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Conclusions


This project was geared towards comparing the perception of some of the major political, social and militaristic events which occurred during the Depression and the way they were perceived by Charlottesville residents through the lens of the local newspaper, The Daily Progress. Several ideas were developed and concluded out of this investigation.

It appears that, although the community was not incredibly wealthy, the city of Charlottesville was relatively well-off during the period of the Depression. This was determined by the fact that the newspaper paid very little close attention -- within the news stories and editorials -- to the actual consequences and effectiveness of the New Deal policies. The agencies of the New Deal were seen as, at best, far-off agencies which helped others in the country who were in need of economic assistance; or at worst, a waste of government spending which were just a series of "Alphabet Agencies, " named for their acronym titles. Also, the advertising in the newspaper during this time period was geared towards products desired by the well-off -- cars, air conditioners, fine clothes, tires and all kinds of food among the most common. Following the brief four-day bank closure in March of 1933, there were no more trouble with banks; and the city treated the bank holiday more like a "day off," then a financial crisis.

In some cases it also became apparent that the national news could, on occasion be bumped lower on the page as the result of more pressing local news -- even if the national news was incredibly newsworthy. The Daily Progress seemed to have no idea of the implications that the Stock Market Crash of 1929 might have on the local economy -- it was bumped in favor of a local story which editors thought more pressing for the people of Charlottesville. In other cases, especially in the situations of the development of government agencies and programs, these high-profile national stories were placed low on the page or inside the newspaper because it appeared the well-off citizens of Charlottesville, for the most part, did not care about these issues.

The overall picture presented by The Daily Progress during The Great Depression was normally not concentrated on too heavily in the news stories. Only for certain events which might have a larger effect on Charlottesville -- like the closing of the banks -- was there even a story which localized the issue and told what was actually happening in Charlottesville. For the most part it did not matter -- Charlottesville was a protected area of relative wealth. But usually editorials delved into the issues more deeply. The editorial pages at least gave the attention to the events going on "in the outside world" but consistently contributed to the tone of reassurance to the American people that business would go on as usual. In many cases, advertising and some localized news stories also helped to contribute to this construction of a reassurance for the people of Charlottesville. This became a large part of what The Daily Progress appeared to do during many parts of The Depression.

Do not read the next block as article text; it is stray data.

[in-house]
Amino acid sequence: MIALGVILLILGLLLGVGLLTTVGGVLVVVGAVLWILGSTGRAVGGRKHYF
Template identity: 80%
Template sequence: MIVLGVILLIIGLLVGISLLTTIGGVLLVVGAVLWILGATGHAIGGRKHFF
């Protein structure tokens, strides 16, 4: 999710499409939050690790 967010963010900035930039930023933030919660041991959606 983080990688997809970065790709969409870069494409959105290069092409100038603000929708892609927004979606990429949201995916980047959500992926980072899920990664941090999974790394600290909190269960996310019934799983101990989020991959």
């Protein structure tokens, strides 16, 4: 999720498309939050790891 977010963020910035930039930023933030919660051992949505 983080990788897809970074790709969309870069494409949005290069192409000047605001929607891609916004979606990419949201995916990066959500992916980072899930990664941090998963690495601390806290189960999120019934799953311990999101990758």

But while Charlottesville was indeed a sheltered cove, hidden from the economic storm during The Depression, nothing could hide it from the coming of World War II. When the Selective Service Act went into effect and the Japanese bombed Pearl Harbor, the city of Charlottesville was once again put on a level playing field with the rest of the nation's cities, those that had suffered during the Depression and those that had not.

The contents of The Daily Progress during this time, therefore, told the story of a relatively wealthy city that survived a national depression with flying colors and was affected quite little by the harsh realities outside of its shell. But when World War II hit the nation with the Japanese bombing of Pearl Harbor, it not only ended the Depression for the whole nation, but it brought the whole nation into war -- and this time Charlottesville could not avoid the effects.

Conclusions


Works Cited


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October 29, 1929: Stock Market Crash March 4, 1933: FDR Innaugurated March 5, 1933: FDR declares 'bank holiday' March 9, 1933: Emergency Banking Bill passed May 12, 1933: Federal Emergency Relief Act passed December 5, 1933: Repeal of Prohibition
May 6, 1935: WPA established August 14, 1935 Social Security Act passed November 3, 1936: FDR re-elected February 3, 1937: National Guard prepared to strike workers in Flint, Michigan September 16, 1940: Selective Service Act passed December 7, 1941: Japanese bomb Pearl Harbor